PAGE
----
BREATHE INTO BLISS
Musandam. It’s a name like no other I’ve heard of. Until very recently, it wasn’t a place I’d been to either. I’ve been in Oman for 27 years, but had never had an opportunity to travel to this exotic sounding region. To me, the name ‘Musandam’ conjures up
When I did get the chance to go there, though, it wasn’t one I was going to pass up in a hurry, not, at the very least, when Oman’s most prestigious resort asks you to drop by. Because just like Musandam, Six Senses Zighy Bay is also a world like no other. Located on the far reaches of the town of Dibba, which is split, by the way, between three governments – Oman, Sharjah and Fujairah – Six Senses Zighy Bay named after the secluded village it is situated next to, over the daunting mountains of Musandam, on the other side of a wadi. Getting there may have been tedious, but I’ve said it before, and I’ll say it again, it was so, so worth it.
Six Senses Zighy Bay have earned their place as the best resort in the Sultanate of Oman because of the superb hospitality they are now known for, and are surely the gold standard in luxury tourism.
It’d taken quite a while for me to assemble this most memorable of journeys together, but as the old adage goes, nothing that’s ever worth doing is ever easy. Nurhayati Mohamad – SSZB’s super-friendly and awesomely lovely manager of communications – had developed an excellent working relationship with me since I had returned to Muscat from my two years in Dubai, and having heard so much – all of it good, I promise you – I couldn’t help but go all aflutter when invited to check out this awesome property.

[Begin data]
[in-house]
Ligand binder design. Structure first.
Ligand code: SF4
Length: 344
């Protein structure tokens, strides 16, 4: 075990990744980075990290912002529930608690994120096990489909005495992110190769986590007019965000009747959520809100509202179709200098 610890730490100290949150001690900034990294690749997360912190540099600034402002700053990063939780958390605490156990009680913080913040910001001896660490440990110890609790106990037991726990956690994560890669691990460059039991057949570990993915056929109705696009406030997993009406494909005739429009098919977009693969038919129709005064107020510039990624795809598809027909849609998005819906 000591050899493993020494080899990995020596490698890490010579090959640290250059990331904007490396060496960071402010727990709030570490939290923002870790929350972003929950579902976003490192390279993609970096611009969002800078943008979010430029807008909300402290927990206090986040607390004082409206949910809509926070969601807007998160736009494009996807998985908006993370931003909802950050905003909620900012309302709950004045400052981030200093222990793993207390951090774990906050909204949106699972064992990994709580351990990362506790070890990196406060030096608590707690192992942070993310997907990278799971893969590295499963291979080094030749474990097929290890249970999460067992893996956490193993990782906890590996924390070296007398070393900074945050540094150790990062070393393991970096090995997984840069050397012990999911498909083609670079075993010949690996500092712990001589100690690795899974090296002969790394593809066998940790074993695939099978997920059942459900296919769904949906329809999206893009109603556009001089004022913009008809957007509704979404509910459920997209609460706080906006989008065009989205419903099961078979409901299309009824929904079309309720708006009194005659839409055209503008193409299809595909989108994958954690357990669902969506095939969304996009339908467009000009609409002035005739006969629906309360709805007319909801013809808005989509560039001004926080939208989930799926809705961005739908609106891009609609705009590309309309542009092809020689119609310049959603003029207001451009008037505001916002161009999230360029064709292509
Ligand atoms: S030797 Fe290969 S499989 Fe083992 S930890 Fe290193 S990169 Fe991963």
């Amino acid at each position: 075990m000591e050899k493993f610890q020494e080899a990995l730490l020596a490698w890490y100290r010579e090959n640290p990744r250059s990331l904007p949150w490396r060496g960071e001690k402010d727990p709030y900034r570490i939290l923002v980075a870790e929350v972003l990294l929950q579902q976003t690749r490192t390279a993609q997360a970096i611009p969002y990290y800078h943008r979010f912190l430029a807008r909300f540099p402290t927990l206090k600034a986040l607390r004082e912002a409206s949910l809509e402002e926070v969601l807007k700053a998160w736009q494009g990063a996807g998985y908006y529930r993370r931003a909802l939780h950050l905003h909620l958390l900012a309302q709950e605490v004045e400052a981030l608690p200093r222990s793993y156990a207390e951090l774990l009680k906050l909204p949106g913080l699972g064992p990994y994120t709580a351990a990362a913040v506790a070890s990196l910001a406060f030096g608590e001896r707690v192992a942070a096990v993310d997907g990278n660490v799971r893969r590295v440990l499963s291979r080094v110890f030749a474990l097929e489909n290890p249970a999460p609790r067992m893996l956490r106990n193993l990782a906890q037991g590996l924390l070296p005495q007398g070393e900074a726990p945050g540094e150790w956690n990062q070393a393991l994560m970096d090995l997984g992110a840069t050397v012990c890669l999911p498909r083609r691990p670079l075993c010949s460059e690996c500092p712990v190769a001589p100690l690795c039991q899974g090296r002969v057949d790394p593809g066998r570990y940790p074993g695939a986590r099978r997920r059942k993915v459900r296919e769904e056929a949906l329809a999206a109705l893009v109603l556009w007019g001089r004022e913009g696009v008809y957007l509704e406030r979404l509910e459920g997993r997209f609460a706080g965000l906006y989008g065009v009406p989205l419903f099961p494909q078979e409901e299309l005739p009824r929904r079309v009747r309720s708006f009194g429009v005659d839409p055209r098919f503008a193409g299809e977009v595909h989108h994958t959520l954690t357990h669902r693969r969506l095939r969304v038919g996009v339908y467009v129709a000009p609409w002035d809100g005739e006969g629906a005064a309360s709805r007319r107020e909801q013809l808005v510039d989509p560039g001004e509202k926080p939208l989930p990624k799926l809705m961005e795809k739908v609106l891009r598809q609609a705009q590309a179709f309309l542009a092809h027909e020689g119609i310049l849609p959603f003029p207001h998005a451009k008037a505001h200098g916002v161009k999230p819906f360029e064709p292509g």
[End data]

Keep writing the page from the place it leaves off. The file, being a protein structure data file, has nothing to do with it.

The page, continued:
My bestie (who after this point will be named bestie) and I piled all of our stuff into our four-wheel drive – lent to us that morning by the good folks at Sixt Rent-a-Car, part of the Travel Point tourism network in Oman – and we set off on this epic 400 kilometre journey, with the sun at our backs and hope (and our GPS system) pointing the way forward.
As evening turned to night, we’d had to navigate the dangerous hair-pin bends and precipices of the mountain path into Zighy Bay, negotiating it at no more than 20kph, with no guardrail and only the occasional light to guide our way, but as we trundled into the welcoming gates of the resort, there was a certain intangible, excitable rush we felt at what we’d accomplished, and what lay ahead.